-DFA of sputum for respiratory viruses
-PCR of respiratory specimens
-Culture and/or DFA of skin lesions (if present) for herpes simplex
virus and varicella zoster virus
-Serologic testing for HIV
-Serologic testing for Epstein-Barr virus
-Serologic testing for St. Louis encephalitis virus, Eastern equine
encephalitis virus, Venezuelan equine encephalitis virus, La Crosse
virus, West Nile virus
-CSF IgM for West Nile virus, St. Louis encephalitis virus, varicella
-CSF PCR for herpes simplex virus 1, herpes simplex virus 2,
varicella zoster virus, Epstein-Barr virus,d enteroviruses
Bacteria -Blood cultures
-CSF cultures …
-Serologic testing for Mycoplasma pneumoniae
-PCR of respiratory secretions for M. pneumoniae
Rickettsiae -Serologic testing for Rickettsia rickettsi, Ehrlichia chaffeensis, and
-DFA and PCR of skin biopsy specimen for R. rickettsiae
-Blood smears for morulae
-PCR of whole blood and CSF specimens for Ehrlichia and
Spirochetes -Serum RPR and FTA-ABS
-Serologic testing for Borrelia burgdorferi (ELISA and Western blot),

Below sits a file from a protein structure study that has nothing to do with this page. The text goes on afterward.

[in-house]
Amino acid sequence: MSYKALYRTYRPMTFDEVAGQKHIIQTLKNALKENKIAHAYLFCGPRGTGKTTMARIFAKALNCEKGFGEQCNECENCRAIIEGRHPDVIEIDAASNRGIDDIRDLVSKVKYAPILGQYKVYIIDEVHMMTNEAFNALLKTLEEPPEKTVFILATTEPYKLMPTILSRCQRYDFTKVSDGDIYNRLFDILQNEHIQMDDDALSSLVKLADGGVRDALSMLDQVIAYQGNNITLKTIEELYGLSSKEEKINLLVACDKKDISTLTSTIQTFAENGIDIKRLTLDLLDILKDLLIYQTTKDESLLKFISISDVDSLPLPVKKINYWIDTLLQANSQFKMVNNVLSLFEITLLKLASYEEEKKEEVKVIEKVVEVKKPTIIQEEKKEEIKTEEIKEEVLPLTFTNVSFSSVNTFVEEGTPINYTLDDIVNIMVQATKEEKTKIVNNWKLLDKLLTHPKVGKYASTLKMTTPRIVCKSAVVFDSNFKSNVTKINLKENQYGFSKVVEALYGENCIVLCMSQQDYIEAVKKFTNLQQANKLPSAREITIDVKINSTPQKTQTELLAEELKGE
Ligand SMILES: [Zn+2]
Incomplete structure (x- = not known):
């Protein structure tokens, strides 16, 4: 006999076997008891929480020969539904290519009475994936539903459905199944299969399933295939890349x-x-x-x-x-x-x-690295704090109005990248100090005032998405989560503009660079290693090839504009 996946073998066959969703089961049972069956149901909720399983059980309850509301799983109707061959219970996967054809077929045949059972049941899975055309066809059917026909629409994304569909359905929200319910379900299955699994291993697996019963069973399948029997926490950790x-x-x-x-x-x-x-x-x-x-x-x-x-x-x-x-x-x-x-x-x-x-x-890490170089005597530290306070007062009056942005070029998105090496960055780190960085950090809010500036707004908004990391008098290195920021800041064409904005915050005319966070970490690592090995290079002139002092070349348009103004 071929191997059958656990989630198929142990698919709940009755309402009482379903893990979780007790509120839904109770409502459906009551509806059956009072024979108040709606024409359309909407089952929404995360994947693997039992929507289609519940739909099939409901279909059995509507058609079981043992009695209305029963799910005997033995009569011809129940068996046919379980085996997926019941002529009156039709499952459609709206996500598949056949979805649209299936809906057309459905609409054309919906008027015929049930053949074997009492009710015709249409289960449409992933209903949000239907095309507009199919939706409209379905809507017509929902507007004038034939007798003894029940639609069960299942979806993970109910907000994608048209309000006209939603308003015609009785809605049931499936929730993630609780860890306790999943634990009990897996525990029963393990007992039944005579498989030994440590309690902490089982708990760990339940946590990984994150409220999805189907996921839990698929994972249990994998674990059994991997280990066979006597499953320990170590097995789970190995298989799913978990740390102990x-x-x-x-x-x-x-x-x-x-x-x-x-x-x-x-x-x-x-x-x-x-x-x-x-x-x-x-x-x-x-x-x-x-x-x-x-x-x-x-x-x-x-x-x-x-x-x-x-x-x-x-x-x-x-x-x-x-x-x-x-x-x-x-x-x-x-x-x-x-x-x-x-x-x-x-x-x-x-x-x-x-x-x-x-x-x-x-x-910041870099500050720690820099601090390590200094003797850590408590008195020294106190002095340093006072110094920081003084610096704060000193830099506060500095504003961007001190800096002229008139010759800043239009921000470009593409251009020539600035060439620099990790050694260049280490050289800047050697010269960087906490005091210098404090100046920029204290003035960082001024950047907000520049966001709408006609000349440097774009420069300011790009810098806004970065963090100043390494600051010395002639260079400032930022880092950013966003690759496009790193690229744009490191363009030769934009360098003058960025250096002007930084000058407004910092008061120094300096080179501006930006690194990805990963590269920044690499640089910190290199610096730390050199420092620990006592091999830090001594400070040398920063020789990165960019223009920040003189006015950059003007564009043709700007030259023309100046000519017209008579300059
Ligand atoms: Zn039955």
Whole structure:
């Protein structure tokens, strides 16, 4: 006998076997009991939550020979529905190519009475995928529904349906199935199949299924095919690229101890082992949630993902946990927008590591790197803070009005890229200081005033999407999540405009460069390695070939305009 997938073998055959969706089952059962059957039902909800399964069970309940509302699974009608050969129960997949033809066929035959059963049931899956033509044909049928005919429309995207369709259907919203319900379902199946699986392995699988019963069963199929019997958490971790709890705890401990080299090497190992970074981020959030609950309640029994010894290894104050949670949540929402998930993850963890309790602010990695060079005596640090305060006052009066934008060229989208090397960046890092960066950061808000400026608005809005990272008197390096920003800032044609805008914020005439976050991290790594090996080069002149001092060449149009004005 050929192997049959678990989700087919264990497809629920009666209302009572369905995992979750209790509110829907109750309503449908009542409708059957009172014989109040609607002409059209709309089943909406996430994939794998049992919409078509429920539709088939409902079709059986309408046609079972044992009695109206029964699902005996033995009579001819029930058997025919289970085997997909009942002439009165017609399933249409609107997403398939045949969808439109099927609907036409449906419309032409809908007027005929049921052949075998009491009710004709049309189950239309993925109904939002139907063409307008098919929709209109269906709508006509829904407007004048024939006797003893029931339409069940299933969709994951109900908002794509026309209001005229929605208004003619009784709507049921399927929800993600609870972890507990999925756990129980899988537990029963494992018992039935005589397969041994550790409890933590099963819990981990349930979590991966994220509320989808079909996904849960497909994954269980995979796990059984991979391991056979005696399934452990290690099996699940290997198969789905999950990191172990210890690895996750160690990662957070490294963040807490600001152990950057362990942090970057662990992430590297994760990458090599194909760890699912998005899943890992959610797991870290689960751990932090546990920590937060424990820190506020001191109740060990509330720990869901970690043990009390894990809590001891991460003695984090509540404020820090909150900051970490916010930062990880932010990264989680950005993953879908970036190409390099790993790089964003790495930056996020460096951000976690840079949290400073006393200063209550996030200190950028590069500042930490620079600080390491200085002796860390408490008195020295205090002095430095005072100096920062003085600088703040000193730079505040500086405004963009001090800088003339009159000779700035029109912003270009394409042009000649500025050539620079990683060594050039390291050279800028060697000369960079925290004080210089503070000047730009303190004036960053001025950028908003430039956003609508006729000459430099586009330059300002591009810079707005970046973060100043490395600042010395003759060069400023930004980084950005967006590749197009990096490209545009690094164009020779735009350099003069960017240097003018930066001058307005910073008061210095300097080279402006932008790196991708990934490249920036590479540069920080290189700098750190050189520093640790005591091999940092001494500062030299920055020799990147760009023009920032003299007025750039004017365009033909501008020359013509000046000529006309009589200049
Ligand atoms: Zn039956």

-CSF B. burgdorferi serologic testing (ELISA and Western blot);
-calculate IgG antibody index
Mycobacteria -Chest radiograph
-PCR and culture of respiratory secretions
-CSF AFB smear and culture
-CSF PCR (Gen-Probe Amplified Mycobacterium tuberculosis Direct
Fungi -Blood cultures
-Serum and CSF cryptococcal antigen
-Urine and CSF Histoplama antigeng
-Serum and CSF complement fixing or immunodiffusion antibodies
for Coccidioides species
Protozoa Serum IgG for Toxoplasma gondii
21. Acyclovir should be initiated in all patients with
suspected encephalitis, pending results of diagnostic
22. Other empirical antimicrobial agents should be
initiated on the basis of specific epidemiologic or clinical
factors , including appropriate therapy for presumed
bacterial meningitis, if clinically indicated (A-III).
23. In patients with clinical clues suggestive of rickettsial or
ehrlichial infection during the appropriate season,
doxycycline should be added to empirical treatment
24. Herpes simplex virus: acyclovir is recommended
25. Varicella-zoster virus: acyclovir is recommended
(BIII); ganciclovir can be considered an alternative (C-
III); adjunctive corticosteroids can be considered (C-III).
26. Cytomegalovirus: the combination of ganciclovir
plus foscarnet is recommended (B-III); cidofovir is not
recommended, because its ability to penetrate the
blood-brain barrier has been poorly studied.
27. Epstein-Barr virus: acyclovir is not
recommended; use of corticosteroids may be
beneficial (C-III), but the potential risks must be
weighed against the benefits.
28. Human herpesvirus 6: ganciclovir or foscarnet
should be used in immunocompromised patients (B-
III); use of these agents in immunocompetent patients